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How can I get inequalities that bound the prime counting function if I have the following inequalities for some functions $f(x)$ and $g(x)$: $$ g(x)<\psi(x)<f(x), $$ where $\psi(x)$ is second Chebyshev function (the summatory function for the von Mangoldt function)?

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Chapter 5 of this book contains a pretty nice walkthrough of Chebyshev’s theorem (and the whole prime number theorem) that uses nothing but elementary number theory and combinatorics techniques to achieve such bounds.

Define:

$$\psi(x) = \sum_{n \le x} \Lambda(n) = \sum_{p^k \le x} \ln p$$

$$\theta(x) = \sum_{p \le x} \ln p$$

$$\pi(x) = \sum_{p \le x} 1$$

We’ll compare $\psi$ to $\theta$ and $\theta$ to $\pi$.

- $\psi(x) – \theta(x) = \sum_{p^k \le x, k\ge 2} \ln p$. So in the sum we care only about primes that are at most $\sqrt{x}$. Each such prime $p$ appears in the sum $\lfloor \frac{\ln x}{\ln p} \rfloor -1$ times, so we can write it as follows:

$$\psi(x) -\theta(x) = \sum_{p \le \sqrt{x}} \ln p (\lfloor \frac{\ln x}{\ln p} \rfloor -1)$$

Now there are a few options:

i. We can bound each term from above by $\ln x$, so $$0 \le \psi(x) – \theta(x) \le \pi(\sqrt{x}) \ln x$$ And then use the trivial bound $\pi(\sqrt{x}) \le \sqrt{x}$ bound, to find $\psi(x) – \theta(x) \le \sqrt{x}\ln x$.

ii. Similar to i, but use the Chebyshev bound $\pi(\sqrt{x}) = O(\frac{\sqrt{x}}{\ln x})$ to prove $\psi(x) – \theta(x) = O(\sqrt{x})$ (with constant around 2).

iii. A more involved argument shows that the real constant is around 1: Bound each term by $\ln x – \ln p$, so the difference becomes $\ln x \pi(\sqrt{x}) – \theta(\sqrt{x})$, which behaves like $\ln x \frac{\sqrt{x}}{\ln \sqrt{x}} – \sqrt{x} \sim \sqrt{x}$.

- To understand the relation between $\pi$ and $\theta$ we need Abel Summation applied to $a_n = 1_{n \text{ is prime}}, b_n = \log n$. As $\theta(x) = \sum_{n \le x} a_n b_n$, we find:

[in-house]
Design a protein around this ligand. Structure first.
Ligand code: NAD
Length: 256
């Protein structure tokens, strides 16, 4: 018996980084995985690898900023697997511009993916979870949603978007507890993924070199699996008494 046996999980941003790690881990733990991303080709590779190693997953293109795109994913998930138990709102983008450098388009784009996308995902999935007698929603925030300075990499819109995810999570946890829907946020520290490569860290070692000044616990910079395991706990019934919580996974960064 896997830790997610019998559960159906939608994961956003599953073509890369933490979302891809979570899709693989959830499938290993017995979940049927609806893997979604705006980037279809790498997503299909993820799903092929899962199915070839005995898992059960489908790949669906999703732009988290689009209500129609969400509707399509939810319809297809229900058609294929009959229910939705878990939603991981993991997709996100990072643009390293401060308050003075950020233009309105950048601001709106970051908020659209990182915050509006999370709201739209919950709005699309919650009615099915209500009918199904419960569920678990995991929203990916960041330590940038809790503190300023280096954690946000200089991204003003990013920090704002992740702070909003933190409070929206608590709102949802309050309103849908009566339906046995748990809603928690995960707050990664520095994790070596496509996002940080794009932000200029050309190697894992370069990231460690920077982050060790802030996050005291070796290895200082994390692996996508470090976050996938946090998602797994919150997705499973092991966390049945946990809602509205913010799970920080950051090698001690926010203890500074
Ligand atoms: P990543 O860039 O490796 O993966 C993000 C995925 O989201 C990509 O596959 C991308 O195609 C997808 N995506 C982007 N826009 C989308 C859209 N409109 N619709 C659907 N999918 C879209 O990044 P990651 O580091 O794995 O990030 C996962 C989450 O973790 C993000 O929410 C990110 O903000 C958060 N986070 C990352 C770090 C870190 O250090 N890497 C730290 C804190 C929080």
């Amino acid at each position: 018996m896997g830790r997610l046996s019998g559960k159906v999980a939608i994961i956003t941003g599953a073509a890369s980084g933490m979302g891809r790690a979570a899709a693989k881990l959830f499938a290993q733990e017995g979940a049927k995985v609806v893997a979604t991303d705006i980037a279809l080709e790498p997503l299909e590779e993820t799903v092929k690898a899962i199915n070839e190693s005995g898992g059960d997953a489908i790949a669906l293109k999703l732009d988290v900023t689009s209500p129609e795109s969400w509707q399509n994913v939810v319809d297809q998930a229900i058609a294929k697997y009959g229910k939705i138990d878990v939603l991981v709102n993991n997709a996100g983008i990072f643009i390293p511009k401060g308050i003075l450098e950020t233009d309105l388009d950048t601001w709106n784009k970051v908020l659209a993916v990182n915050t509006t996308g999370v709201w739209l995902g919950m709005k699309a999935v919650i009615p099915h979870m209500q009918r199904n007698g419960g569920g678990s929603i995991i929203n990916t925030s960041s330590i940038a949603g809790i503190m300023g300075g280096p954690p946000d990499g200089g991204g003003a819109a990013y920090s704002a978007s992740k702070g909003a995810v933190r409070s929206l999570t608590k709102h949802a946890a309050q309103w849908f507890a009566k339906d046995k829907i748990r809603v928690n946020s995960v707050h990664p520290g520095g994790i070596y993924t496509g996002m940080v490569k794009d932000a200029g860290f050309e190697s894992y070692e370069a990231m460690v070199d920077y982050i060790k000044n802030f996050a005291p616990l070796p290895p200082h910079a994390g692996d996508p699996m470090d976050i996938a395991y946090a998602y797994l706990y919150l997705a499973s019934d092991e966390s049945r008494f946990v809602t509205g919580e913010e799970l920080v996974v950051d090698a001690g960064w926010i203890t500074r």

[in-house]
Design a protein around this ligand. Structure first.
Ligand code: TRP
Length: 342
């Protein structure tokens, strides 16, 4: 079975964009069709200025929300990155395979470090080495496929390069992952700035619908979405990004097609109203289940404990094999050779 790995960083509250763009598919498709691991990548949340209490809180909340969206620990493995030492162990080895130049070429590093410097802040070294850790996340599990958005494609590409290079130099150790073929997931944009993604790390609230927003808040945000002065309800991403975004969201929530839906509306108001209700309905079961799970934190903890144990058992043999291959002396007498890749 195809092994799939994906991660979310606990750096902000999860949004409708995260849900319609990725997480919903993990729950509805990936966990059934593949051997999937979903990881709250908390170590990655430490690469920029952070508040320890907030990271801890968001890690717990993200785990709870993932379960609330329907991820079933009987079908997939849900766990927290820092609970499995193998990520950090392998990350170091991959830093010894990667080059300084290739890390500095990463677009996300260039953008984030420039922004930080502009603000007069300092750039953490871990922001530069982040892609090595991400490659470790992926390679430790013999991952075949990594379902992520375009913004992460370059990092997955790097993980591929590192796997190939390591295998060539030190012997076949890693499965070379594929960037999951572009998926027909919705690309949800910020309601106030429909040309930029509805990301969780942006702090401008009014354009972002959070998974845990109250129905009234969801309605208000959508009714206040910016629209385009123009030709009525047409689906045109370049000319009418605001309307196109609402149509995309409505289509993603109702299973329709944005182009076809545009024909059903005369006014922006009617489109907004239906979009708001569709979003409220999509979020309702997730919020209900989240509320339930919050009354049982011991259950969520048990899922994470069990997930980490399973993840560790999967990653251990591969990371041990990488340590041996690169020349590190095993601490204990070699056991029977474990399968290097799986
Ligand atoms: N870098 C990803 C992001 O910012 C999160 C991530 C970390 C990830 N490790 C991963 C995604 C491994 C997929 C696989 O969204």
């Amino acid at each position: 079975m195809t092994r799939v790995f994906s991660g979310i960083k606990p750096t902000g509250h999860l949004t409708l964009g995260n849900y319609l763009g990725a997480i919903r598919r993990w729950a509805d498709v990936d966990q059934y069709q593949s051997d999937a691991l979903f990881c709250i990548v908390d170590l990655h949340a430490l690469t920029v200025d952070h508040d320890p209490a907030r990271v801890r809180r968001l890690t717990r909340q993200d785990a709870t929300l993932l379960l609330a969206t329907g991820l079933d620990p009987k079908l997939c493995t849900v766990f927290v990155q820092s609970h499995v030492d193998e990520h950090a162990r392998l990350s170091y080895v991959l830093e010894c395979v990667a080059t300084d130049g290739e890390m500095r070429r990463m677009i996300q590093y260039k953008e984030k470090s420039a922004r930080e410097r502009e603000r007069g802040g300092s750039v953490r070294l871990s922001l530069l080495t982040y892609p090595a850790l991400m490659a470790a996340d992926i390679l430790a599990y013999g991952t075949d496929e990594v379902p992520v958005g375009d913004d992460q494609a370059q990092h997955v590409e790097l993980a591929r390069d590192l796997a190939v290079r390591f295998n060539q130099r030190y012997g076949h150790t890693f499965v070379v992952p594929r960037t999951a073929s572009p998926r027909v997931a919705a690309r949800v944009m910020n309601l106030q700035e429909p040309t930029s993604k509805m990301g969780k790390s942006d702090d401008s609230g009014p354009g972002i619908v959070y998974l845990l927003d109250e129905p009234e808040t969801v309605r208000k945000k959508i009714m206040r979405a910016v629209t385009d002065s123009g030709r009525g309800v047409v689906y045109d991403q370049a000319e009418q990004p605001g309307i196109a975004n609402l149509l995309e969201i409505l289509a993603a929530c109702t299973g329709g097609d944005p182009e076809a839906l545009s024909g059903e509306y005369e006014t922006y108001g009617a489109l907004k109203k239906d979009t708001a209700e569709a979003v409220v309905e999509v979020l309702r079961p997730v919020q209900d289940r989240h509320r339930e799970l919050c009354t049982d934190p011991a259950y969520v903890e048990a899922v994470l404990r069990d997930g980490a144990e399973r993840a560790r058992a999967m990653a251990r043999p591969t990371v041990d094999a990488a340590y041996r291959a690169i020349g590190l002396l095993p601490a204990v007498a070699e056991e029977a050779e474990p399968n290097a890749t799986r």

$$\theta(m) = (\sum_{n \le m} a_n) b_{m} – \sum_{n < m} (b_{n+1}-b_{n}) (\sum_{i \le n} a_n) =$$

$$\pi(m) \ln m – \sum_{n < m} \ln(1 + \frac{1}{n}) \pi(n)$$

(I worked with $m$ integer but it is true in general, up to some tiny error term.)

To bound the last sum, note that $0 \le \ln(1+\frac{1}{n}) \le \frac{1}{n}$ (it’s pretty tight for large $n$), so $0 \le \sum_{n < m} \ln(1 + \frac{1}{n}) \pi(n) \le \sum_{n < m} \frac{\pi(n)}{n}$.

i. The trivial bound is $m$, which follows form $\pi(x) \le x$.

ii. A more complex one is $O(\sum_{n < m} \frac{1}{\ln n}) = O(\frac{m}{\ln m})$ (constant around 1), based on $\pi(x) = O(\frac{x}{\ln x})$, which is based of Chebyshev’s estimates.

All in all, $\psi(x) = \pi(x) \ln x + O(\frac{x}{\ln x})$, so $g(x) < \psi(x) < f(x) \implies \frac{g(x)+O(\frac{x}{\ln x})}{\ln x} < \pi(x) < \frac{f(x)+O(\frac{x}{\ln x})}{\ln x}$. Precise error terms depend on what you’re assumeing, but I believe the constant of the $O()$ is around $1$.

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